[Source: Antimicrobial Agents and Chemotherapy, full page: (LINK). Abstract, edited.]
Lethal mutagenesis of Rift Valley fever virus induced by favipiravir
Belén Borrego, Ana I. de Ávila, Esteban Domingo, Alejandro Brun
Rift Valley fever virus (RVFV) is an emerging, mosquito-borne, zoonotic pathogen with recurrent outbreaks paying a considerable toll of human deaths in many African countries, for which no effective treatment is available. In cell culture studies and with laboratory animal models, the nucleoside analogue favipiravir (T-705) has demonstrated great potential for the treatment of several seasonal, chronic and emerging RNA virus infections of humans, suggesting applicability to control some viral outbreaks. Treatment with favipiravir was shown to reduce the infectivity of Rift Valley fever virus both in cell cultures and in experimental animal models, but the mechanism of this protective effect is not understood. In this work we show that favipiravir at concentrations well below the toxicity threshold estimated for cells is able to extinguish RVFV from infected cell cultures. Nucleotide sequence analysis has documented RVFV mutagenesis associated with virus extinction, with a significant increase in G to A and C to U transition frequencies, and a decrease of specific infectivity, hallmarks of lethal mutagenesis.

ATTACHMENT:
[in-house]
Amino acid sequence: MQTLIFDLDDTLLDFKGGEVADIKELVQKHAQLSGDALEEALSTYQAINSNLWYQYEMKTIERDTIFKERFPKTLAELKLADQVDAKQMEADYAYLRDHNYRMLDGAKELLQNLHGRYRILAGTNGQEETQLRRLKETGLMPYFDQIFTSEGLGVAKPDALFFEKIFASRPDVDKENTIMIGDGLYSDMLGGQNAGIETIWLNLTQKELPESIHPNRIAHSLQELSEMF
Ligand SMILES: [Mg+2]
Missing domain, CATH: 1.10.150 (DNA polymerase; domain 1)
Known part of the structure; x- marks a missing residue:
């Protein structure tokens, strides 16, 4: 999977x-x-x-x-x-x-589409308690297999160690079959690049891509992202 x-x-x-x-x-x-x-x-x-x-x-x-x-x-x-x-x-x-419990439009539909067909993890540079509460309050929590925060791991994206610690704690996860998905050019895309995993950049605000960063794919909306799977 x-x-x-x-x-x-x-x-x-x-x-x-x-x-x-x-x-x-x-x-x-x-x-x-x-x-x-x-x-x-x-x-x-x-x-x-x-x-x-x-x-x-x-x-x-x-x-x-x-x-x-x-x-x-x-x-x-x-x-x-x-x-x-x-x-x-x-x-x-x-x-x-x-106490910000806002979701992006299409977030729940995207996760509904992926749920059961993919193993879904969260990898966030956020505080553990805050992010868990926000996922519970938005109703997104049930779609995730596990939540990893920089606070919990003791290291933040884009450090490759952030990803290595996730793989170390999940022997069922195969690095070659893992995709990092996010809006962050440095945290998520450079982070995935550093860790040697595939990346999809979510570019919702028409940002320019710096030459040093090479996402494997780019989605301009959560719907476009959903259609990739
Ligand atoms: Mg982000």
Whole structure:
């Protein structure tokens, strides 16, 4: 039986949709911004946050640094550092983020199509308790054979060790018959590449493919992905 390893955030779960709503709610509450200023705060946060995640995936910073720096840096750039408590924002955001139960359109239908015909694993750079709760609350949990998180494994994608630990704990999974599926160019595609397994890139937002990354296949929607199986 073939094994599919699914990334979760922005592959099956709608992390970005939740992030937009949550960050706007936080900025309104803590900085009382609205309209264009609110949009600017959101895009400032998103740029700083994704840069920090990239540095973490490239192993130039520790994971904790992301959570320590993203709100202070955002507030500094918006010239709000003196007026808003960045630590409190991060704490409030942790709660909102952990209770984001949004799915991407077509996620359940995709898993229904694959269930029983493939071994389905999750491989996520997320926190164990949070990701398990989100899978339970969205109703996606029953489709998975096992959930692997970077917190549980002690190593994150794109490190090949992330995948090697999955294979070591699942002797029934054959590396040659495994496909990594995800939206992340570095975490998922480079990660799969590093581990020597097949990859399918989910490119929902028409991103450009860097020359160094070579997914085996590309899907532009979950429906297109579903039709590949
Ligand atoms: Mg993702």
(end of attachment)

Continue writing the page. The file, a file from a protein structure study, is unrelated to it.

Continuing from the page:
Copyright © 2019 Borrego et al. This is an open-access article distributed under the terms of the Creative Commons Attribution 4.0 International license.
Keywords: Antivirals; Favipiravir; Arbovirus; Rift Valley fever.